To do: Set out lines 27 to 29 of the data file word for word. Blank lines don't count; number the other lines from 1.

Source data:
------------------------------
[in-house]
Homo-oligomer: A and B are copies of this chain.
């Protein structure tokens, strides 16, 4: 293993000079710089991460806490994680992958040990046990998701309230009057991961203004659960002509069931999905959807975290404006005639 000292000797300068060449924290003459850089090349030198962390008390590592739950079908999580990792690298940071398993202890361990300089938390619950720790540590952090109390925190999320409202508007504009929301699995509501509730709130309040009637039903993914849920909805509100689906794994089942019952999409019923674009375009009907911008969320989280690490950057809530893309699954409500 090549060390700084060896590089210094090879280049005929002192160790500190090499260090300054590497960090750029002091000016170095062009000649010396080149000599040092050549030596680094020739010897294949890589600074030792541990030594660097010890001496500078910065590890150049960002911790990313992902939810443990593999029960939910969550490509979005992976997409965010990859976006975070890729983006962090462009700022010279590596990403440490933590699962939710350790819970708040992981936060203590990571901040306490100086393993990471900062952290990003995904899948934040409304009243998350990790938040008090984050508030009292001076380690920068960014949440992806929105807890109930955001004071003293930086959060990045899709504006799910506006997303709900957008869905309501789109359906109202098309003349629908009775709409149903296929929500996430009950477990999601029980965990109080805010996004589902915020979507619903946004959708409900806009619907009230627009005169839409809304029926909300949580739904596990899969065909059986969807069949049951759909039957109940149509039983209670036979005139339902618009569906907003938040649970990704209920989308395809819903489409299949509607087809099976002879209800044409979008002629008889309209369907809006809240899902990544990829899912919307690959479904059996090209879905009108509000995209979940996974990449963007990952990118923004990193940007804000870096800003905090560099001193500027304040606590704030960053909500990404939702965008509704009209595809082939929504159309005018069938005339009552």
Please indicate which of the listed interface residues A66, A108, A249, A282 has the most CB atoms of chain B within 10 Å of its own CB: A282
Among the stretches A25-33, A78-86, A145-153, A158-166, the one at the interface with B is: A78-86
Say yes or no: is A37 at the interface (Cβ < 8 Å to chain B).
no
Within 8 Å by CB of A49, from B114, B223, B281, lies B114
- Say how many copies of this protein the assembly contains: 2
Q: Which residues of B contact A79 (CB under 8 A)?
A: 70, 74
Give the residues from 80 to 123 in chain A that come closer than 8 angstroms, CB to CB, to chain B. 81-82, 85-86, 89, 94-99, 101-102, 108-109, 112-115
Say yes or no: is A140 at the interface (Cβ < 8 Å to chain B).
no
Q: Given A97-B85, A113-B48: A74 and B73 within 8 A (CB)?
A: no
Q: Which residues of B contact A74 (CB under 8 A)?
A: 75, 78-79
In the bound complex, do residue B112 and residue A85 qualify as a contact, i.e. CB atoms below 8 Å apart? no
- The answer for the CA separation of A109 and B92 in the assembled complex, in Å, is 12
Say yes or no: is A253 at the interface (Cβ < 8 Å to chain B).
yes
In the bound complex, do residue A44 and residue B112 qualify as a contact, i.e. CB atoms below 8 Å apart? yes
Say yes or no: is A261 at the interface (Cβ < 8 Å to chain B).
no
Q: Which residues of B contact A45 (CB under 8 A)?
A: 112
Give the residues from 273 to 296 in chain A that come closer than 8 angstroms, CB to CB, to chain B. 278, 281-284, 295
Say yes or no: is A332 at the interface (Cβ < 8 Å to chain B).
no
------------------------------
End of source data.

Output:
A: 112
Give the residues from 273 to 296 in chain A that come closer than 8 angstroms, CB to CB, to chain B. 278, 281-284, 295
Say yes or no: is A332 at the interface (Cβ < 8 Å to chain B).